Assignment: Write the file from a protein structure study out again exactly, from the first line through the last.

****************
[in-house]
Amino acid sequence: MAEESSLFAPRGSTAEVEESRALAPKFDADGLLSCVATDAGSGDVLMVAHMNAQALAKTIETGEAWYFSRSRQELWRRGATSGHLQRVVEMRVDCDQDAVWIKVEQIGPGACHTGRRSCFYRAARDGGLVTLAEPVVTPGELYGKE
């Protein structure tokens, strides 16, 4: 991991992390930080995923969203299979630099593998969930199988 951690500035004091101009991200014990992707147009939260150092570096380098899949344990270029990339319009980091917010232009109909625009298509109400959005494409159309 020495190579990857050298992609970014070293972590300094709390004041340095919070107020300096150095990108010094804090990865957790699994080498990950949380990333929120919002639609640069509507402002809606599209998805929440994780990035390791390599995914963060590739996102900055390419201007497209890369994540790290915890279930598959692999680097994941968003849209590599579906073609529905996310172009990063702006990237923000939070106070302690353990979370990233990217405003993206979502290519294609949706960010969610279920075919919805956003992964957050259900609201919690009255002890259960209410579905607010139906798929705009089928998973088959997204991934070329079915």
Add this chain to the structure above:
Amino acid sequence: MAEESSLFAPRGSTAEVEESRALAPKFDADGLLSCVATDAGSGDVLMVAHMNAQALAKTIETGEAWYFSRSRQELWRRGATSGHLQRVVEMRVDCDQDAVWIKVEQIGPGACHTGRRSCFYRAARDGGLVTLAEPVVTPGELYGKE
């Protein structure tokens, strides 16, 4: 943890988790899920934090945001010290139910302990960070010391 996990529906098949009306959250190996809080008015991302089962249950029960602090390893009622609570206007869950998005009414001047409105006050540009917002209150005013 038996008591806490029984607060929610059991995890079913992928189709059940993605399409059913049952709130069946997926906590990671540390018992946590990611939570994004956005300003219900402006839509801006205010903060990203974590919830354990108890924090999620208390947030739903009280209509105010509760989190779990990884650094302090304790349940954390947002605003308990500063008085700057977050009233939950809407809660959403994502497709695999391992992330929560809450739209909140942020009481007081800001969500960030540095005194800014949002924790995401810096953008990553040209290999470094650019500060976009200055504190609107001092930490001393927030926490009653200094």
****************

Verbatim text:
[in-house]
Amino acid sequence: MAEESSLFAPRGSTAEVEESRALAPKFDADGLLSCVATDAGSGDVLMVAHMNAQALAKTIETGEAWYFSRSRQELWRRGATSGHLQRVVEMRVDCDQDAVWIKVEQIGPGACHTGRRSCFYRAARDGGLVTLAEPVVTPGELYGKE
């Protein structure tokens, strides 16, 4: 991991992390930080995923969203299979630099593998969930199988 951690500035004091101009991200014990992707147009939260150092570096380098899949344990270029990339319009980091917010232009109909625009298509109400959005494409159309 020495190579990857050298992609970014070293972590300094709390004041340095919070107020300096150095990108010094804090990865957790699994080498990950949380990333929120919002639609640069509507402002809606599209998805929440994780990035390791390599995914963060590739996102900055390419201007497209890369994540790290915890279930598959692999680097994941968003849209590599579906073609529905996310172009990063702006990237923000939070106070302690353990979370990233990217405003993206979502290519294609949706960010969610279920075919919805956003992964957050259900609201919690009255002890259960209410579905607010139906798929705009089928998973088959997204991934070329079915």
Add this chain to the structure above:
Amino acid sequence: MAEESSLFAPRGSTAEVEESRALAPKFDADGLLSCVATDAGSGDVLMVAHMNAQALAKTIETGEAWYFSRSRQELWRRGATSGHLQRVVEMRVDCDQDAVWIKVEQIGPGACHTGRRSCFYRAARDGGLVTLAEPVVTPGELYGKE
């Protein structure tokens, strides 16, 4: 943890988790899920934090945001010290139910302990960070010391 996990529906098949009306959250190996809080008015991302089962249950029960602090390893009622609570206007869950998005009414001047409105006050540009917002209150005013 038996008591806490029984607060929610059991995890079913992928189709059940993605399409059913049952709130069946997926906590990671540390018992946590990611939570994004956005300003219900402006839509801006205010903060990203974590919830354990108890924090999620208390947030739903009280209509105010509760989190779990990884650094302090304790349940954390947002605003308990500063008085700057977050009233939950809407809660959403994502497709695999391992992330929560809450739209909140942020009481007081800001969500960030540095005194800014949002924790995401810096953008990553040209290999470094650019500060976009200055504190609107001092930490001393927030926490009653200094």